3. As the article points out director John Flynn's passing was barely noted back in 2007. But he was for me one of those action directors who could give you real human beings while pumping up the adrenaline. I'll take his body of work over all the action big shots of the day including James Cameron's (The Terminator being the only exception; a very Flynn-like movie).

4. I'm old enough to have suffered through the NY Times' years of movie reviewers Bosley Crowther and Vincent Canby. Whenever they reviewed a B I had to call for Animal Control so I could be restrained with a six or seven shots of bear tranquilizer.

For the rest go here:

Friday, August 07, 2009

R.I.P Mink Deville

Mink DeVille died yesterday of pancreatic cancer, age 58. I hadn't listened to him in some even though I had a run of his songs on iTunes. I just listened to nine of his songs in a row and man it made me feel young and strong and crazy again. All the pain, all the passion, all the fuck you. So much of punk was crap but when you hear DeVille you understand what punk was supposed to be about. All those giddy outrageous days of 75-80 in London, Paris and NYC. You can hear it all in Mink DeVille. Fire up your iTunes. Spanish Stroll, Desperate Days, This Must Be The Night, Love and Emotion are a good place to start.

From Rolling Stone:

Mr. DeVille's career never quite took off, despite the impressive breadth and depth of his talent. He is recording a new album for Atlantic records, having departed from his previous recording commitment under less than amicable circumstances. And on Friday night he was at the Savoy, where he demonstrated with an almost insolent ease that he is still ready for the recognition that should have been his several years ago. He has the songs, he has the voice, and he has the band. And he has expanded the scope of his music by adding elements of French cafe songs and Louisiana zydeco to the mixture of rock, blues, Latin and Brill Building soul that was already there.[37]

From Wikipedia:

Critic Robert Palmer wrote about him in 1980, "Mr. DeVille is a magnetic performer, but his macho stage presence camouflages an acute musical intelligence; his songs and arrangements are rich in ethnic rhythms and blues echoes, the most disparate stylistic references, yet they flow seamlessly and hang together solidly. He embodies (New York's) tangle of cultural contradictions while making music that's both idiomatic, in the broadest sense, and utterly original."[3]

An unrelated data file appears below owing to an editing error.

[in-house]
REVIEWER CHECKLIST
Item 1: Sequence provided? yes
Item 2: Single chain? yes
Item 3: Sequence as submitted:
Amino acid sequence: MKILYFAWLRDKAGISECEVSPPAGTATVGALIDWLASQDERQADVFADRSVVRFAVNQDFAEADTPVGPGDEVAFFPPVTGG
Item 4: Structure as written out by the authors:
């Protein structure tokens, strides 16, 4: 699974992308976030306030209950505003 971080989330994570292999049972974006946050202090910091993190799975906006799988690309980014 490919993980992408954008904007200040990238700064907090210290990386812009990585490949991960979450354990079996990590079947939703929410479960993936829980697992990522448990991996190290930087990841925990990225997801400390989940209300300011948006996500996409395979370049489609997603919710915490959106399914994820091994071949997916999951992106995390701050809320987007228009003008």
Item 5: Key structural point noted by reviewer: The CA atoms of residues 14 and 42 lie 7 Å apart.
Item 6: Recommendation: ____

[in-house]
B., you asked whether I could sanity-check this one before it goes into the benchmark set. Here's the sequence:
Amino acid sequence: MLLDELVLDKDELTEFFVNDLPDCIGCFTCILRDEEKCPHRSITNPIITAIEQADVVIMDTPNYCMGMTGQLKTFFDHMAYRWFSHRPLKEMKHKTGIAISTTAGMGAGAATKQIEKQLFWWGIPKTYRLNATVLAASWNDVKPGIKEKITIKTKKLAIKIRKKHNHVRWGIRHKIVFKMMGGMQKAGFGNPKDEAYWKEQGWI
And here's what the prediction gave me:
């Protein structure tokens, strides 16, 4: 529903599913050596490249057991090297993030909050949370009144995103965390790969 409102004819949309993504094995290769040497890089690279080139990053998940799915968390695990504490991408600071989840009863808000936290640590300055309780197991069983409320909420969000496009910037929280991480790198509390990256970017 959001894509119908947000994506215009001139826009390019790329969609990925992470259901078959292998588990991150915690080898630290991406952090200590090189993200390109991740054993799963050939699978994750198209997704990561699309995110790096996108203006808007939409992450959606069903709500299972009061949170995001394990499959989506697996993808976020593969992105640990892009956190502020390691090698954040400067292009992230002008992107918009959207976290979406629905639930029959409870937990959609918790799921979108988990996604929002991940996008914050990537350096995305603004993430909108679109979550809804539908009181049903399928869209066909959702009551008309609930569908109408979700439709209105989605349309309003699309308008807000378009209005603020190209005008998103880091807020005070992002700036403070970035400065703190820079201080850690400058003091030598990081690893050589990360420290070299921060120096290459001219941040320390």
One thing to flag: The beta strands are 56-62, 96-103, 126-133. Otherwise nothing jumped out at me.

Doc Pomus, the Rock and Roll Hall of Fame member with whom he penned several songs, wrote about him, "DeVille knows the truth of a city street and the courage in a ghetto love song. And the harsh reality in his voice and phrasing is yesterday, today, and tomorrow—timeless in the same way that loneliness, no money, and troubles find each other and never quit for a minute."[4]Mink DeVille, for which DeVille was the principal songwriter, was billed as one of the most original groups on the New York punk scene after an appearance at the legendary CBGB club in Greenwich Village in the 1970s.


In 1977, the band recorded "Cabretta," a rock and roll/rhythm and blues album with renowned producer Jack Nitzsche. Its featured song, "Spanish Stroll," was a Top 20 hit in Britain. It was followed by the album "Return to Magenta."

Better known in Europe than in the United States, DeVille went solo in 1980 with "Le Chat Bleu." Recorded in Paris and influenced by his admiration for siren Edith Piaf, the album featured "This Must Be the Night" and "Just to Walk That Little Girl Home."